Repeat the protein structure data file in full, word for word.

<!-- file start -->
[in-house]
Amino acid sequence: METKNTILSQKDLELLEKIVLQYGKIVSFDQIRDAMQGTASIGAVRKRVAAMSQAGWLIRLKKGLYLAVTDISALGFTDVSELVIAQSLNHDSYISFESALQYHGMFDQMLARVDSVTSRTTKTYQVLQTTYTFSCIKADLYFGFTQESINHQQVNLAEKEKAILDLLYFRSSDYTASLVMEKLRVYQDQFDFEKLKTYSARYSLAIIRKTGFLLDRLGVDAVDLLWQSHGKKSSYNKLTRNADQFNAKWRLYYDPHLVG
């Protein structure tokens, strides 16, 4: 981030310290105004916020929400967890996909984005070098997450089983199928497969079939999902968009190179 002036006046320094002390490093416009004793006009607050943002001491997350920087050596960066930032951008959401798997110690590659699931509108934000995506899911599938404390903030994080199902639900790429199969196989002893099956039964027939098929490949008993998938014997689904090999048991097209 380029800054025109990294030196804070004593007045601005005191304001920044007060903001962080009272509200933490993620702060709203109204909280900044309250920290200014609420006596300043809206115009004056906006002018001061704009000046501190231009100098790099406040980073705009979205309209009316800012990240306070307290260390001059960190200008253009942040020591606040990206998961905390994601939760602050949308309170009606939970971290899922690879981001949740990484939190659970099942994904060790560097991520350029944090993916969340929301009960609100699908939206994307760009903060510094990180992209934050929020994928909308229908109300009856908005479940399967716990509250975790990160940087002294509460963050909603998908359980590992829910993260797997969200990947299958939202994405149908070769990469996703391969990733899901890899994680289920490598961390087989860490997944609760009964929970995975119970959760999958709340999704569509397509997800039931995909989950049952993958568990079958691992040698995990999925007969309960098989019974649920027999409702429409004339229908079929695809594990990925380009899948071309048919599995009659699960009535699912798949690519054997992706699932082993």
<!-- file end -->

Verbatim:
[in-house]
Amino acid sequence: METKNTILSQKDLELLEKIVLQYGKIVSFDQIRDAMQGTASIGAVRKRVAAMSQAGWLIRLKKGLYLAVTDISALGFTDVSELVIAQSLNHDSYISFESALQYHGMFDQMLARVDSVTSRTTKTYQVLQTTYTFSCIKADLYFGFTQESINHQQVNLAEKEKAILDLLYFRSSDYTASLVMEKLRVYQDQFDFEKLKTYSARYSLAIIRKTGFLLDRLGVDAVDLLWQSHGKKSSYNKLTRNADQFNAKWRLYYDPHLVG
């Protein structure tokens, strides 16, 4: 981030310290105004916020929400967890996909984005070098997450089983199928497969079939999902968009190179 002036006046320094002390490093416009004793006009607050943002001491997350920087050596960066930032951008959401798997110690590659699931509108934000995506899911599938404390903030994080199902639900790429199969196989002893099956039964027939098929490949008993998938014997689904090999048991097209 380029800054025109990294030196804070004593007045601005005191304001920044007060903001962080009272509200933490993620702060709203109204909280900044309250920290200014609420006596300043809206115009004056906006002018001061704009000046501190231009100098790099406040980073705009979205309209009316800012990240306070307290260390001059960190200008253009942040020591606040990206998961905390994601939760602050949308309170009606939970971290899922690879981001949740990484939190659970099942994904060790560097991520350029944090993916969340929301009960609100699908939206994307760009903060510094990180992209934050929020994928909308229908109300009856908005479940399967716990509250975790990160940087002294509460963050909603998908359980590992829910993260797997969200990947299958939202994405149908070769990469996703391969990733899901890899994680289920490598961390087989860490997944609760009964929970995975119970959760999958709340999704569509397509997800039931995909989950049952993958568990079958691992040698995990999925007969309960098989019974649920027999409702429409004339229908079929695809594990990925380009899948071309048919599995009659699960009535699912798949690519054997992706699932082993």